Lesson 82

The Gospel of John

World English Bible translation

 Today's Scripture

13:31 When he had gone out, Jesus said, "Now the Son of Man is glorified, and God is glorified in him. 13:32 If God is glorified in him, God will also glorify him in himself, and he will glorify him immediately. 13:33 Little children, yet a little while I am with you. You will seek me, and as I said to the Jews, 'Where I am going, you can't come,' so now I tell you. 13:34 A new commandment I give to you, that you love one another, just like I have loved you; that you also love one another. 13:35 By this everyone will know that you are my disciples, if you have love for one another."

 Today's Lesson 

After Judas goes out into the night, Jesus begins to speak with the remaining disciples in earnest. He begins by speaking to them about the glory of God.


The unity of the Father and the Son is such that when one of them is glorified, the other is as well. Jesus says that, "Now the Son of man is glorified." He had spoken of the time when He would be glorified after arriving in Jerusalem. Now He repeats that the time has arrived. The glory that is given to the Son is because He has accomplished all that God has given Him to do. Now was the time that is the culmination of the plan of God. All things had led to this moment.


What does Jesus mean when He speaks about "glory"? Glory in Scripture refers to the honor and respect that is given to and that is rightfully due a person. As believers, we give God our worship and our honor because we know that He is intrinsically deserving of all that we have to offer. Glory is all the cumulation of all of the divine attributes of God. In the Old Testament, the glory of God was sometimes described as a physical manifestation, sometimes called the "Sheki'nah Glory." This glory could be seen at times between the cherubim above the Ark of the Covenant or on the face of Moses when he descended from Sinai.


While there were moments when Jesus is described in terms of a physical manifestation of glory, such as the Mount of Transfiguration and in His resurrected state, the glory that Jesus is speaking of in Today's Scripture is not physical. It is the spiritual honor and glory that belongs to the Divine Family of God. God is glorified in the Son and the Son is glorified by the love and honor of the Father for what He has and will accomplish.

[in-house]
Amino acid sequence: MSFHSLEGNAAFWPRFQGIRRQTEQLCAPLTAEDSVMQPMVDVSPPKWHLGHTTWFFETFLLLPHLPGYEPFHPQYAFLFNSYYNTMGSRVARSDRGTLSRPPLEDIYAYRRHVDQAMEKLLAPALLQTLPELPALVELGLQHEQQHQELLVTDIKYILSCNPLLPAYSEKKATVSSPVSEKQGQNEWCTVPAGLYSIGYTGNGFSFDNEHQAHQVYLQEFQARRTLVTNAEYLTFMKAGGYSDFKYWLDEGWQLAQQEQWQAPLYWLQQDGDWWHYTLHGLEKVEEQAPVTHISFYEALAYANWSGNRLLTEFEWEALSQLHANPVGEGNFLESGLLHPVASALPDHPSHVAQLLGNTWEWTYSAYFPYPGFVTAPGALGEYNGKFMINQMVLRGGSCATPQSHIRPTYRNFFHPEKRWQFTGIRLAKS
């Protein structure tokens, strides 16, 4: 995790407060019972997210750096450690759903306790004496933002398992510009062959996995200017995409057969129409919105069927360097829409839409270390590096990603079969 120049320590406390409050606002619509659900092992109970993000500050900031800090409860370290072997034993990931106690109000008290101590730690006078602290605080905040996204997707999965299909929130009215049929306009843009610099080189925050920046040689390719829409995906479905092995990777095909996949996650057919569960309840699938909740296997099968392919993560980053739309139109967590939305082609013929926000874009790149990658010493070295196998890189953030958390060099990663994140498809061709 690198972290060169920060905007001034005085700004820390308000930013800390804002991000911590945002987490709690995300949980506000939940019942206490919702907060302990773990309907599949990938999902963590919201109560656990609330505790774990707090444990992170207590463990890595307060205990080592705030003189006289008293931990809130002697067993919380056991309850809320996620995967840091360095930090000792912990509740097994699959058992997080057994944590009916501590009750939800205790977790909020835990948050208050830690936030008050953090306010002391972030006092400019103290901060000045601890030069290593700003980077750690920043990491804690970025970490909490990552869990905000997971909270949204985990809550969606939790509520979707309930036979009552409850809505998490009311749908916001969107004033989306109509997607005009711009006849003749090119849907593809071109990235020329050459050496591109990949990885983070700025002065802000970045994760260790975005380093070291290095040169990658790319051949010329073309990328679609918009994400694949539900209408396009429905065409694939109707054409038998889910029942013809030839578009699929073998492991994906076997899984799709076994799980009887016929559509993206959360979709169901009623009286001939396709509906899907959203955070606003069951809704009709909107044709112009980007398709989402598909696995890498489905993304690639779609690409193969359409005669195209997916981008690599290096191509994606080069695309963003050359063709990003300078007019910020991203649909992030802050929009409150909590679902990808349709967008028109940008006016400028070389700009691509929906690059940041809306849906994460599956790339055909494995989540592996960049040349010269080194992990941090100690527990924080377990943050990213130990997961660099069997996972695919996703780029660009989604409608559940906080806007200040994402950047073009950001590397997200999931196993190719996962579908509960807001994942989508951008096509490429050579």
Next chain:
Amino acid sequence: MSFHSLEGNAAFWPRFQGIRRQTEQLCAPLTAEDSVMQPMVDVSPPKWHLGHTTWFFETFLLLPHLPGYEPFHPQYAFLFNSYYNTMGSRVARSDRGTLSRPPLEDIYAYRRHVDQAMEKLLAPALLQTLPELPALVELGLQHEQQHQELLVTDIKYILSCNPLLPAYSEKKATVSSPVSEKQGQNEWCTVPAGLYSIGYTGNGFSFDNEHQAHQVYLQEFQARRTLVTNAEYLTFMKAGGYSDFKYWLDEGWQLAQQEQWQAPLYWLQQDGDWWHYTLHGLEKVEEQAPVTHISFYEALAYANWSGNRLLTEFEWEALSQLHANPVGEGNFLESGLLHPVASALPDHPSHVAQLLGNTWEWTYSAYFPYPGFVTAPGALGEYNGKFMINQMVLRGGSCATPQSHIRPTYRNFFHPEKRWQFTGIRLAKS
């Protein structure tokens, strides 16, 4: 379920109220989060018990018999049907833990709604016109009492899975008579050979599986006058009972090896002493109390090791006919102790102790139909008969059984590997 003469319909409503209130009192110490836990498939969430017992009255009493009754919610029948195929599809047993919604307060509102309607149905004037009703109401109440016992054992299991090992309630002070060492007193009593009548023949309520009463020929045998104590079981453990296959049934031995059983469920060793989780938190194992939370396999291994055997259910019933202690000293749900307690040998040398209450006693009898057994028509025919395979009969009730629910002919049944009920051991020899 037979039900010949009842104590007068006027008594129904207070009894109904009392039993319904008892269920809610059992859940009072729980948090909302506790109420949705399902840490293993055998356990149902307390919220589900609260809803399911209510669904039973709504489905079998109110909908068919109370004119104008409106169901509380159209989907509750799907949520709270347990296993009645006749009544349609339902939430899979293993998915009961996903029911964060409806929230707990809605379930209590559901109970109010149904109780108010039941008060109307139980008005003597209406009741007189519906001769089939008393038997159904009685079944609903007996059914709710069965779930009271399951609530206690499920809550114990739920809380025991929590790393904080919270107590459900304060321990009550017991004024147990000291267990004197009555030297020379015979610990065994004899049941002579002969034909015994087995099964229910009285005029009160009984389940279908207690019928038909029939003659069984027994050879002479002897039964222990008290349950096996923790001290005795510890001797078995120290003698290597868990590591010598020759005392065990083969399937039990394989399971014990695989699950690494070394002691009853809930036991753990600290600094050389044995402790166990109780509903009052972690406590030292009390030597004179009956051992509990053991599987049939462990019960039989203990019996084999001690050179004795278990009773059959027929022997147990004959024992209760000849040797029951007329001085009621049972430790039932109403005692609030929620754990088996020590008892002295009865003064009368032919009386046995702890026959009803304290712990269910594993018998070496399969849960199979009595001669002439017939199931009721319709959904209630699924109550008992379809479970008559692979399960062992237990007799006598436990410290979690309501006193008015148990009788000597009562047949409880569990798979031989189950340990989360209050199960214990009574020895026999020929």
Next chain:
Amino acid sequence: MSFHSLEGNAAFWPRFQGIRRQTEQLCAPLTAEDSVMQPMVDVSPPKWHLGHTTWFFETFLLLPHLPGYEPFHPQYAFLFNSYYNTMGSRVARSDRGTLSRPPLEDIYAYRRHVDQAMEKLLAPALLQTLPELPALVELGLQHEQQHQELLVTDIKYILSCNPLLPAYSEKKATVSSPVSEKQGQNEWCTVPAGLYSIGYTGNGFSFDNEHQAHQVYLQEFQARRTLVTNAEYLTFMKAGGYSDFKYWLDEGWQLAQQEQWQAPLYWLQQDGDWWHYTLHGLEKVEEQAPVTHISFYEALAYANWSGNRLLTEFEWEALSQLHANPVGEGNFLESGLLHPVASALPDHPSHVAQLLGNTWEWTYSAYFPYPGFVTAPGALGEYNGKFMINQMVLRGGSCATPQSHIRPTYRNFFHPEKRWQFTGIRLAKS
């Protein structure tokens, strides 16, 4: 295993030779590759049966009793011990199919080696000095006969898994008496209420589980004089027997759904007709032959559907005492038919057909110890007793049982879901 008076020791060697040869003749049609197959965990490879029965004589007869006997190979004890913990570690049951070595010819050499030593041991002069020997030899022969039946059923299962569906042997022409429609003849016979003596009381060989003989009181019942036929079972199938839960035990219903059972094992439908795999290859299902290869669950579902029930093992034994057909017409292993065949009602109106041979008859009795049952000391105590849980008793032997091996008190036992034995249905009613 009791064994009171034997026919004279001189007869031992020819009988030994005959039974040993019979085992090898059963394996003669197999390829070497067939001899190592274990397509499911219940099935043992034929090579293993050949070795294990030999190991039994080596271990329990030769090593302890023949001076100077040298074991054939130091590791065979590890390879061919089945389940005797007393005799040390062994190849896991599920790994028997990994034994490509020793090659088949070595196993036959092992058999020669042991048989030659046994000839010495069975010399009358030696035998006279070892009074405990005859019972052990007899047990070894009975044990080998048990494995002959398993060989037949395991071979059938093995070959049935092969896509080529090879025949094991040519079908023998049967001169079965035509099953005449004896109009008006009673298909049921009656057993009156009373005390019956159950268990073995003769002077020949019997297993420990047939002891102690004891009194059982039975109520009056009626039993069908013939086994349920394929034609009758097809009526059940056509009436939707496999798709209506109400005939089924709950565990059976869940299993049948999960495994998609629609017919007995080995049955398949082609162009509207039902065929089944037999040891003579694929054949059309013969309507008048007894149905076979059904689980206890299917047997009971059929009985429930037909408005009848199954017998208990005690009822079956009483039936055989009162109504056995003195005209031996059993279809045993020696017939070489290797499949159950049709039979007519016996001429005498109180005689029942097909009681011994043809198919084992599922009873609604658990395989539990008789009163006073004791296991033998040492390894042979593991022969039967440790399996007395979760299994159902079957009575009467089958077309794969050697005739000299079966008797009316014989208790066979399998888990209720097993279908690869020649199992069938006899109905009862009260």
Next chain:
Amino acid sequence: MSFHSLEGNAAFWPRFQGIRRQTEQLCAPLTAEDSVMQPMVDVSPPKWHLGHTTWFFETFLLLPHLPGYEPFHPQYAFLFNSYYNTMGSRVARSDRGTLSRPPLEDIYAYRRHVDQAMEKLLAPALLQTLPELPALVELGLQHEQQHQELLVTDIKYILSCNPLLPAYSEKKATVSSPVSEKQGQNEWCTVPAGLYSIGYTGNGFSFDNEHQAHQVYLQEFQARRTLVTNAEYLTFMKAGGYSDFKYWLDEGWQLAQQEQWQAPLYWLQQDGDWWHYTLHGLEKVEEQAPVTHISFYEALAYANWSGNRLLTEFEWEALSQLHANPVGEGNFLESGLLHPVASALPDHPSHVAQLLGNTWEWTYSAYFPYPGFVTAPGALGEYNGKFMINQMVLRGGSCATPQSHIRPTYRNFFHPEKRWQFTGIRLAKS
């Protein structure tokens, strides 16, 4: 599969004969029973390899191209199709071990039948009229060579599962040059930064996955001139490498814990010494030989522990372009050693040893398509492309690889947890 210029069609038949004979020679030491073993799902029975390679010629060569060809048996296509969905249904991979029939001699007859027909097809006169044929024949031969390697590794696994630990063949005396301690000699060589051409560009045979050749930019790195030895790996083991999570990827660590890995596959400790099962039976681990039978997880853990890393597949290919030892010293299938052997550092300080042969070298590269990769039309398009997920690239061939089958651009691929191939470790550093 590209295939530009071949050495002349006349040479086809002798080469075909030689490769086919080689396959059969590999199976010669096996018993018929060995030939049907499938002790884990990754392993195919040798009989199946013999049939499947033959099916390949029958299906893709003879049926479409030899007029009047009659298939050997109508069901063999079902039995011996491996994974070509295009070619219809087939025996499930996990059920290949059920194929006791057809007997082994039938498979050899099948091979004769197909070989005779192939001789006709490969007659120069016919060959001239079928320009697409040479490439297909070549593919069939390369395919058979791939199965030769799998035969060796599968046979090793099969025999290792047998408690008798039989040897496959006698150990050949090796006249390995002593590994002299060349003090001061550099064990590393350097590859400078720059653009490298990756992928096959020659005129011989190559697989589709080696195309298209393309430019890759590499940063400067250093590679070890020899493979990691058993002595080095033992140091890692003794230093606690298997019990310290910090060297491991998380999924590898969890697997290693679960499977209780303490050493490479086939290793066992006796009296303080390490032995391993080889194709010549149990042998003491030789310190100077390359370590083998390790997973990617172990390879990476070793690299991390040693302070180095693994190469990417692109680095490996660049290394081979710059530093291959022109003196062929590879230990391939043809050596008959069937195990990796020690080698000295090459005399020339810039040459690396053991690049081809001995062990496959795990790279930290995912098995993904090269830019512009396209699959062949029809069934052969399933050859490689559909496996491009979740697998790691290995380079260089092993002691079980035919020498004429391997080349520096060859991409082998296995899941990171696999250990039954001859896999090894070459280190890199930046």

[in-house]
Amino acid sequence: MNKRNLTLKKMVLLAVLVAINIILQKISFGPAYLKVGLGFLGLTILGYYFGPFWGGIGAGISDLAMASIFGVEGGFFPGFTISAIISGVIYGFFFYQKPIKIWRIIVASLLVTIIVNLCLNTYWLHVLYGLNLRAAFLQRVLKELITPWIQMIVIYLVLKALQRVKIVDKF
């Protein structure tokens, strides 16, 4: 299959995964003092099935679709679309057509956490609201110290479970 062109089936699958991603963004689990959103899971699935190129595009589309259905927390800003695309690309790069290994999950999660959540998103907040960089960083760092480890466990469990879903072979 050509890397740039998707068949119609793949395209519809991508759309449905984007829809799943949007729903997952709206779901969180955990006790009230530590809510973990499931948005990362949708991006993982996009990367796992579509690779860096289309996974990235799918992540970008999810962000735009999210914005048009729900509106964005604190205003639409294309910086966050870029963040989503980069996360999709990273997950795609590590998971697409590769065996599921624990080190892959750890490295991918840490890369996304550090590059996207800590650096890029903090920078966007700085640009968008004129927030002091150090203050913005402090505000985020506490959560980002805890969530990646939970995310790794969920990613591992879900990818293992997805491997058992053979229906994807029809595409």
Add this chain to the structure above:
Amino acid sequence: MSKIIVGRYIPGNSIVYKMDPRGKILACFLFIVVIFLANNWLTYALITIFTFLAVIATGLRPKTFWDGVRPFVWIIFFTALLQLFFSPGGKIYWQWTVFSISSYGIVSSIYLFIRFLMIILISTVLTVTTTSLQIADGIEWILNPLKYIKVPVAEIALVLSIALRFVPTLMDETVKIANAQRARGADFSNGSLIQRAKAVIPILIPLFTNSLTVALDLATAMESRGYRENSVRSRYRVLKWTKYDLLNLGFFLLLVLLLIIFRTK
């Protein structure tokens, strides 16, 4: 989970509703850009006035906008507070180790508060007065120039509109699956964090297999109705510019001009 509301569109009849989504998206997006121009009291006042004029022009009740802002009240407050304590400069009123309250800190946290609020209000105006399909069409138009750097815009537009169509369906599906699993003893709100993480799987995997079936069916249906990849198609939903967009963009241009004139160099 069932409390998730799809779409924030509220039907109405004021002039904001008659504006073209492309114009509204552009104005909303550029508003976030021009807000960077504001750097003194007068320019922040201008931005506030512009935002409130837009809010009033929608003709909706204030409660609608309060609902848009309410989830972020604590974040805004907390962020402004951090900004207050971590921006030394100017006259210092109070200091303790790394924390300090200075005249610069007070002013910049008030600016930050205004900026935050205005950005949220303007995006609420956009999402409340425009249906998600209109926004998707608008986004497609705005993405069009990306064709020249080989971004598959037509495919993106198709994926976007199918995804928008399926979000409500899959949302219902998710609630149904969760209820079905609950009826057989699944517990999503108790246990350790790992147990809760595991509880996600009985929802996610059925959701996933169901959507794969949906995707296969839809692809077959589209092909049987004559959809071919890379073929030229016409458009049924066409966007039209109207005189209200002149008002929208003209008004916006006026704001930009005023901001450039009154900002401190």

When Jesus calls His disciples "Little children," He is not using the term in a pejorative sense. It is a term of endearment. He is telling them that He is about to go away and they will not be able to find Him. Physically, He will be separated from them.


So, as He prepares them for His departure, He has a final commandment for them. "Love one another." They are to love one another just as Jesus has loved them. God shows us the measure and depth of His love for us and then asks that we reflect that love to others in our life. Most importantly, we are to love those who are fellow members of the Body of Christ. If we love Christ, we must love His servants as well for they are His because He has chosen them. All that Christ has was given to Him by the Father. I cannot reject those that belong to the Lord because if I do, I would be rejecting the sovereign choice and will of God.


How do we love each other as Jesus has loved us? There are many qualities of this quality of love. Perhaps the quality that is most closely tied with this passage is that Jesus was demonstrating that love is sacrificial. Jesus was willing to show these disciples the depth of His love for them by being willing to die for them. His willingness to give of himself, even unto death, is a demonstration of His love.


Another quality of this love is that it brought honor and glory to both the giver and the recipient. The love of Christ never subtracts from those to whom it is given. It builds up and strengthens. People were better for having received it. And the expression of the love of Christ never compromised the giver. Jesus did not become less holy for having loved sinners.


Let us resolve to struggle with the expression of this love in our lives. The love of Christ challenges us to go beyond what we had thought possible. It challenges us to know our Lord better than we ever have and to begin to understand others as well. It challenges us to find opportunities for God to express His love for other people in our lives. Are we willing to pay the cost of allowing God to use us to love His children and the world? Are we willing to allow God the freedom to work in our lives?


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